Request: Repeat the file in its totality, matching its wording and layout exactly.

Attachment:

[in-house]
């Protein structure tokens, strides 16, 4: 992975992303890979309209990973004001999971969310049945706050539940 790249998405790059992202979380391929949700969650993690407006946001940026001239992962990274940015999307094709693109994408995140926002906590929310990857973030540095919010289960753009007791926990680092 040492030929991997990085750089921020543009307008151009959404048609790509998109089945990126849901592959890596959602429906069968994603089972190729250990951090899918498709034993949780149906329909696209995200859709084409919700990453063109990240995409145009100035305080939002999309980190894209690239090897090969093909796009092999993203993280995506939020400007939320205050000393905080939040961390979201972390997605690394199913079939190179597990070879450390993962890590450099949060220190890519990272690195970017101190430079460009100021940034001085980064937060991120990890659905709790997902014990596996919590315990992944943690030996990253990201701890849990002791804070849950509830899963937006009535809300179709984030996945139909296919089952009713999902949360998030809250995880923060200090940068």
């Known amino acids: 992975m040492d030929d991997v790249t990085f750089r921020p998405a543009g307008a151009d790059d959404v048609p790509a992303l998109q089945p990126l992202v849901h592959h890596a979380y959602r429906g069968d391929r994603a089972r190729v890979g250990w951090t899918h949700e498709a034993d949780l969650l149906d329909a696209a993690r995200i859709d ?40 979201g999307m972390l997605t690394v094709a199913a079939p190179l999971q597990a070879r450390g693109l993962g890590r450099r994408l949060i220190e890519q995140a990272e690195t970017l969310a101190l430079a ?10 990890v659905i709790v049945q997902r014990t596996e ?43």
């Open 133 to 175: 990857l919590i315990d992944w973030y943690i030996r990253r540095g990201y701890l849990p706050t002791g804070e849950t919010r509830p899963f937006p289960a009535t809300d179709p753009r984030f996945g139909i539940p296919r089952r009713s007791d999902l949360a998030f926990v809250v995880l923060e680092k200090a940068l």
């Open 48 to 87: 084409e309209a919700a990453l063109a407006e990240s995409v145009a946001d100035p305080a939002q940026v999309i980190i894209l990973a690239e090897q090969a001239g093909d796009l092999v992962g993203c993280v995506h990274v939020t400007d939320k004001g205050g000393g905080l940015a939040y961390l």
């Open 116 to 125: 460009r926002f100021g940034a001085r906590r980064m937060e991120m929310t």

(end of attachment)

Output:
[in-house]
């Protein structure tokens, strides 16, 4: 992975992303890979309209990973004001999971969310049945706050539940 790249998405790059992202979380391929949700969650993690407006946001940026001239992962990274940015999307094709693109994408995140926002906590929310990857973030540095919010289960753009007791926990680092 040492030929991997990085750089921020543009307008151009959404048609790509998109089945990126849901592959890596959602429906069968994603089972190729250990951090899918498709034993949780149906329909696209995200859709084409919700990453063109990240995409145009100035305080939002999309980190894209690239090897090969093909796009092999993203993280995506939020400007939320205050000393905080939040961390979201972390997605690394199913079939190179597990070879450390993962890590450099949060220190890519990272690195970017101190430079460009100021940034001085980064937060991120990890659905709790997902014990596996919590315990992944943690030996990253990201701890849990002791804070849950509830899963937006009535809300179709984030996945139909296919089952009713999902949360998030809250995880923060200090940068």
């Known amino acids: 992975m040492d030929d991997v790249t990085f750089r921020p998405a543009g307008a151009d790059d959404v048609p790509a992303l998109q089945p990126l992202v849901h592959h890596a979380y959602r429906g069968d391929r994603a089972r190729v890979g250990w951090t899918h949700e498709a034993d949780l969650l149906d329909a696209a993690r995200i859709d ?40 979201g999307m972390l997605t690394v094709a199913a079939p190179l999971q597990a070879r450390g693109l993962g890590r450099r994408l949060i220190e890519q995140a990272e690195t970017l969310a101190l430079a ?10 990890v659905i709790v049945q997902r014990t596996e ?43």
């Open 133 to 175: 990857l919590i315990d992944w973030y943690i030996r990253r540095g990201y701890l849990p706050t002791g804070e849950t919010r509830p899963f937006p289960a009535t809300d179709p753009r984030f996945g139909i539940p296919r089952r009713s007791d999902l949360a998030f926990v809250v995880l923060e680092k200090a940068l």
């Open 48 to 87: 084409e309209a919700a990453l063109a407006e990240s995409v145009a946001d100035p305080a939002q940026v999309i980190i894209l990973a690239e090897q090969a001239g093909d796009l092999v992962g993203c993280v995506h990274v939020t400007d939320k004001g205050g000393g905080l940015a939040y961390l």
């Open 116 to 125: 460009r926002f100021g940034a001085r906590r980064m937060e991120m929310t």